Are family and work getting in the way of your physical needs? Are you afraid you might do something you will seriously regret later? In this instructional sex video, YourTango expert and therapist, Carin Goldstein compares relationships to a garden...you need to water it it see it grow! And the perfect fertilizer to help any couple through a dry spell is communication.
I understand a man wanting his son to be like him, especially in this particularly masculine way. The thing is, when my husband was circumcised it was because of an actual, honest-to-goodness medical necessity. The foreskin was too small. It was painful. The surgery had to be done. If it were medically necessary, I would do the same thing. But otherwise, why put my son through elective surgery?
While I understand and respect that many women proudly wear their stretch marks as badges of honor or battle scars, I don’t feel the same way about mine. I am not ashamed of them, but if they don’t fade by next summer they won’t be seeing the light of day. I think of it this way: If I have a blemish, I conceal it. If I pack on a few pounds over the holidays, I conceal those too. For me, stretch marks aren’t any different, even if they are a result of my beautiful journey to motherhood.
Ever have a sneaking suspicion that your mom wished you were a boy? You might be right. According to an anonymous survey of more than 26,000 moms conducted by TODAY.com and Parenting.com, ten percent say they wish their child was the opposite sex. And of that ten percent, 60 percent have boys. Sorry, boys!
Despite the onslaught of celebs who have come clean about infertility, including Hollywood A-listers Courteney Cox and Julia Roberts, the issue remains highly stigmatized. Both men and women feel the pressure to have kids, but, as with most things, the genders deal with and communicate about the problem differently.
I have been married almost four years now. For the most part, my relationship with my husband, Matt, who happens to be a matchmaker and dating coach, has pretty much been "out there" in terms of our views regarding dating, marriage, love, how men think and how to handle a breakup. We have written books, appeared on television and given lots of advice. But perhaps the one area that we haven’t had too much experience in dealing with: children. Until recently that is.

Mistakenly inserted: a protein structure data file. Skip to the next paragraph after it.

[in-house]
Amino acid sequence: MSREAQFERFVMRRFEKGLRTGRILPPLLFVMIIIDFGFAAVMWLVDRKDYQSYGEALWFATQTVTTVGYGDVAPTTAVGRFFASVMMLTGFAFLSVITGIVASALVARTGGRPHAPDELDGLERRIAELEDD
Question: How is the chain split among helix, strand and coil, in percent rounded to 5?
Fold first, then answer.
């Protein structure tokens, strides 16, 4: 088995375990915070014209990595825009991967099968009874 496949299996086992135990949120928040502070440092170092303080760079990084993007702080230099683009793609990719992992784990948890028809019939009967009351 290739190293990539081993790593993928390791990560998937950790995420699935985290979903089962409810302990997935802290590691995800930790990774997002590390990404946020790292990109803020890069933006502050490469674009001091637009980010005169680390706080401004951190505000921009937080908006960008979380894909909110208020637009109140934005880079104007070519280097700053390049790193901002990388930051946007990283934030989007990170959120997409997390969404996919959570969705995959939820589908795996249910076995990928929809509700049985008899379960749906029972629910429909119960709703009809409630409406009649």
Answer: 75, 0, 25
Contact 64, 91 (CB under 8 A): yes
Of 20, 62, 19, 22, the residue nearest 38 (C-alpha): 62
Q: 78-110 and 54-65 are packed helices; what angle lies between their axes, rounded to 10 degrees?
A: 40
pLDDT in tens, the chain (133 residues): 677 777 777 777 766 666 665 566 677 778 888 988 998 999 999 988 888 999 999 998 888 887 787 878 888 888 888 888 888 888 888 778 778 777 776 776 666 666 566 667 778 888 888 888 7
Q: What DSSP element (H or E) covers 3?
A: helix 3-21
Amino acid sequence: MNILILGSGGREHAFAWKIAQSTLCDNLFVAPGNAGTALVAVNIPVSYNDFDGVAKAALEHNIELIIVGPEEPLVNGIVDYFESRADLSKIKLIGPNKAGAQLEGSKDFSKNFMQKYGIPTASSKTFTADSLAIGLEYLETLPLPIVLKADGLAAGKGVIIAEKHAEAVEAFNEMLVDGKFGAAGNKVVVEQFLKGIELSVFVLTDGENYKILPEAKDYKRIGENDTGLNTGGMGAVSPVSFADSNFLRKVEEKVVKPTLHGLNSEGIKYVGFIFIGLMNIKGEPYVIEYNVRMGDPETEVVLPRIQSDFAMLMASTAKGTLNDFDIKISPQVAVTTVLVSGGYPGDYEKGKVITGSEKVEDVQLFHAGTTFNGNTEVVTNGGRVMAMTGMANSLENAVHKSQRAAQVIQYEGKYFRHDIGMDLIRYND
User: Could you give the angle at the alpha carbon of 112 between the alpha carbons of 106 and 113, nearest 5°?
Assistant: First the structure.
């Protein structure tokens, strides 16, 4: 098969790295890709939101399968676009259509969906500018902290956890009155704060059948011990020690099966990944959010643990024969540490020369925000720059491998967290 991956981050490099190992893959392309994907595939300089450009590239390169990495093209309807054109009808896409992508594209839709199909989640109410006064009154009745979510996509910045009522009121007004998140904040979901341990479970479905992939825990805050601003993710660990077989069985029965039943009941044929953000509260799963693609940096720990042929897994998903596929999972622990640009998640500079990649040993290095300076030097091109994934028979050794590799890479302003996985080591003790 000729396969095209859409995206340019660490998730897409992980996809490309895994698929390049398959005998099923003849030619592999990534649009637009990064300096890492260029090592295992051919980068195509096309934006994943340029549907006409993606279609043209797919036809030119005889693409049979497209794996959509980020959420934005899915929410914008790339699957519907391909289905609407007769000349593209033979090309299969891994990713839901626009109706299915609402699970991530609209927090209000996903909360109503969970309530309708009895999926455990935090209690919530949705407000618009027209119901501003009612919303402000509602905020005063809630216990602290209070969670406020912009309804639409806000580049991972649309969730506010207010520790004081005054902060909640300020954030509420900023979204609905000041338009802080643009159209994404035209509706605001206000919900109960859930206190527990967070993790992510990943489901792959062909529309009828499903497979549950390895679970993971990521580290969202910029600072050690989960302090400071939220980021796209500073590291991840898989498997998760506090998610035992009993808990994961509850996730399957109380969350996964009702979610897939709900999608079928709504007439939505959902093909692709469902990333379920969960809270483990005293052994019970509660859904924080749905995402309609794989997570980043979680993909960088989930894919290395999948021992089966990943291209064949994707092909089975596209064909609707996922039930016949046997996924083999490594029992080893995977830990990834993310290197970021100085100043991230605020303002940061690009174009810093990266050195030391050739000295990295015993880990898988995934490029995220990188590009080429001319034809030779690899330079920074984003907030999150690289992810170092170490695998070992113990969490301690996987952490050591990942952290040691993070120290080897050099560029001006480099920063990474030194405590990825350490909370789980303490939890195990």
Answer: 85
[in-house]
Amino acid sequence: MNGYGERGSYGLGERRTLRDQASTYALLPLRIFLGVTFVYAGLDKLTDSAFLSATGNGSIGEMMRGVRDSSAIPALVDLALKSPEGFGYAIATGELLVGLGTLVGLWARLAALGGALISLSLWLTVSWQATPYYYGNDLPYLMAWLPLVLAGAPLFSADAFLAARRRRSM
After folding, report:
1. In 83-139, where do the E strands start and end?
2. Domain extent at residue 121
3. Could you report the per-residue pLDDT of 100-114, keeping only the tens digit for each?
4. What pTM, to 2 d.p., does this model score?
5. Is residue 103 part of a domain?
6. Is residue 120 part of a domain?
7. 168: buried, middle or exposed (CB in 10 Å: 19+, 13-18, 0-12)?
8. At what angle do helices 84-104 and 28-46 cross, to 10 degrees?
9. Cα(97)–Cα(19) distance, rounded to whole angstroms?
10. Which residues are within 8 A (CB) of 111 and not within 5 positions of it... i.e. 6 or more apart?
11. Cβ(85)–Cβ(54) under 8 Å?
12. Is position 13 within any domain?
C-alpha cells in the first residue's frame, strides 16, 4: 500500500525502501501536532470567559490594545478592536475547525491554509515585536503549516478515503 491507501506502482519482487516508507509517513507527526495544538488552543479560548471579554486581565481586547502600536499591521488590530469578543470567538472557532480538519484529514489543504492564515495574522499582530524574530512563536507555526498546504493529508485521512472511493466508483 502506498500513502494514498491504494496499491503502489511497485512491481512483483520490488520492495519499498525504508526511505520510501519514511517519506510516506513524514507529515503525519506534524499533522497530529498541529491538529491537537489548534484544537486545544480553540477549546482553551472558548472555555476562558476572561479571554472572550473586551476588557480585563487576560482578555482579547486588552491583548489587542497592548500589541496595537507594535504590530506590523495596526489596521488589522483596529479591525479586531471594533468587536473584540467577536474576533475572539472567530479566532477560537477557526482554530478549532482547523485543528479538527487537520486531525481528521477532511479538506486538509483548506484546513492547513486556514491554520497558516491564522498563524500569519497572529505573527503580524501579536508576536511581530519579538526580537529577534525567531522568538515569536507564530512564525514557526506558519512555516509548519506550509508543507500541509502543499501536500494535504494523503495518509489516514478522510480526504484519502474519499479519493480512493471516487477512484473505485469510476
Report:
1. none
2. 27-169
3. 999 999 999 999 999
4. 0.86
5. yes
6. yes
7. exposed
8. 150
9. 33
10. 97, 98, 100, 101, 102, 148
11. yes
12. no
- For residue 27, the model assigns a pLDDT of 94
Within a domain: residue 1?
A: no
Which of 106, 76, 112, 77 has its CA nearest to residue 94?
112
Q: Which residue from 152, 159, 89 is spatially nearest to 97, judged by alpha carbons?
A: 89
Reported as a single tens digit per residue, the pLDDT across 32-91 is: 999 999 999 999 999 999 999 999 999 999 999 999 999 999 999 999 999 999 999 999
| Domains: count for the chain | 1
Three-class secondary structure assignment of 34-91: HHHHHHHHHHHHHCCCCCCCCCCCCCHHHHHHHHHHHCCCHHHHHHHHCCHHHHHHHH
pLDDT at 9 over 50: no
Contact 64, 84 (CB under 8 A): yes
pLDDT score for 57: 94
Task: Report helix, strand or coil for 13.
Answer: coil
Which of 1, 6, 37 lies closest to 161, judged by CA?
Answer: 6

I thought all the teasers for this week's episode of Keeping Up With the Kardashians were just going to try to make us think that Scott Disick really started drinking again. They showed him heading off to host an event in Las Vegas, and sitting poolside asking, "What do you expect from me, it's Vegas?" I expected them to just be trying to trick us into believing that after almost a year of sobriety, he actually fell off the wagon. But fall he did.
I stood there in my sweatpants, a bit disheveled, wanting to cry out, "No! You and I belong together!" But that was my need, not his. He walked off, his Bakugan backpack shining in the sun, without turning his head. I tightened my jacket around me. He caught sight of his friend, and slung his arm around his shoulders, a gesture that seemed more mature than he was. They disappeared into the school, laughing, tilting their faces towards one another. And just like that, the cord was severed.
When babies bond with their parents, they create an “attachment style” based on the bonding experience. Most people have more than one attachment style, due to more than one significant adult in the life of a baby. This attachment style influences all the relationships of life including friendships, work relationships, mate selection, and family dynamics after marriage.